Vic report: Obesity crisis grossly understated

27 Sep 2012

Goverment urged to tackle junk food in sport, improve fast food labelling and curb marketing to children

A report released today, the Victorian Health Monitor, has found that obesity prevalence in Victoria has been grossly underestimated. The report found that, when measured, almost 25 per cent of the Victorian population has a BMI in the obese category, which is much higher than the 17 per cent [i] rate based on self-reporting.

Jane Martin, Executive Manager of the Obesity Policy Coalition, said the new figures were a wakeup call to government and industry that a radical rethink is required of our environment if we are to stem the obesity epidemic.

"When one in four adults is obese, not just overweight, we have to ask ourselves: what can we do to turn this around? This is bigger than one individual consuming too many kilojoules. We need to address what is driving one-quarter of the population to eat too much and exercise too little," she said.

Ms Martin said the answer was to look closely at the environment that is shaping our habits, particularly around the availability of junk food, confusing food labelling, and the unrelenting promotion of unhealthy food - particularly to children.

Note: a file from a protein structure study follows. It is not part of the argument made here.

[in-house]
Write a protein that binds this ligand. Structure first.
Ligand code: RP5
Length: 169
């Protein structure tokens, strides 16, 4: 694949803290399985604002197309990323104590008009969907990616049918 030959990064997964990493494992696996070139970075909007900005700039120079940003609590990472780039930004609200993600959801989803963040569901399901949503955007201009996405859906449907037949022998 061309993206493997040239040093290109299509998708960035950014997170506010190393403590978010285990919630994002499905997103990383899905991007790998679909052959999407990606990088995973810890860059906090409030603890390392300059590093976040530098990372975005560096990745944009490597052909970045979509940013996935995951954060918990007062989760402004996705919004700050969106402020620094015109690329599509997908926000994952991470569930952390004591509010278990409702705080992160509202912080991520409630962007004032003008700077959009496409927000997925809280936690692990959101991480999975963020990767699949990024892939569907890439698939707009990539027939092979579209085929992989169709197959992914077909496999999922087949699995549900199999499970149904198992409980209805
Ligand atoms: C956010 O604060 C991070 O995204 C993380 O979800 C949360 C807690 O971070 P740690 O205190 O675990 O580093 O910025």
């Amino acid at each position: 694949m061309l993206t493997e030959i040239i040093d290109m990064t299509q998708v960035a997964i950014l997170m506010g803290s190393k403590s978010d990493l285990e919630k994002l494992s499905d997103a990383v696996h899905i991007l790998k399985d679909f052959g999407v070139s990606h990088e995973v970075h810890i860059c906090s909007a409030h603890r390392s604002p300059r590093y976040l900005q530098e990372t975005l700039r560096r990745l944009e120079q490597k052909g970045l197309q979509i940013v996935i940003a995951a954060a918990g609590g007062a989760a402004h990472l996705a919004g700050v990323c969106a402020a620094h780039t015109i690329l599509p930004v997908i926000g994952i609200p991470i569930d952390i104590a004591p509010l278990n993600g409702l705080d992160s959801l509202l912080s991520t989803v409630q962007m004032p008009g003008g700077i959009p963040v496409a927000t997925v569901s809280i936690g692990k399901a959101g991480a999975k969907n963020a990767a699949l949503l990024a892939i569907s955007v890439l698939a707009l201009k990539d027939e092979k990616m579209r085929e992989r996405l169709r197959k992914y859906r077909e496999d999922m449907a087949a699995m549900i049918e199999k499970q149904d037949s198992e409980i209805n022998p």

"Currently Victorian school children are being targeted by unhealthy food brands such as McDonald's and Milo even as they play sport. While we have obesity at record rates, it's unethical that our children are being used as mobile billboards for fast food companies," she said.

Ms Martin said if we are to have any impact on reducing obesity rates in the future, we will need to break the nexus between junk food and junior sport as well as improve menu labelling.

"Victorians are consuming more processed and fast foods than ever before but they're unaware of what's really in them and how many kilojoules they contain. Consistent and widespread implementation of kilojoule labelling on fast food menus would be a great start in educating Victorians about energy intake.

"We know that kilojoule labelling influences consumers to choose lower kilojoule options," she said.

Ms Martin said the government needs to take urgent action as such high rates of overweight and obesity, particularly in the obese category, will flow through to very significant demands on hospitals and medical services for many years to come.

"Weight is now a broad community issue, it does impact on everyone, so action needs to be taken by the government as well as the individual. The government must use policy to help to turn the tide so the healthy choices are the easy choices."

[i] Victorian Population Health Survey 2009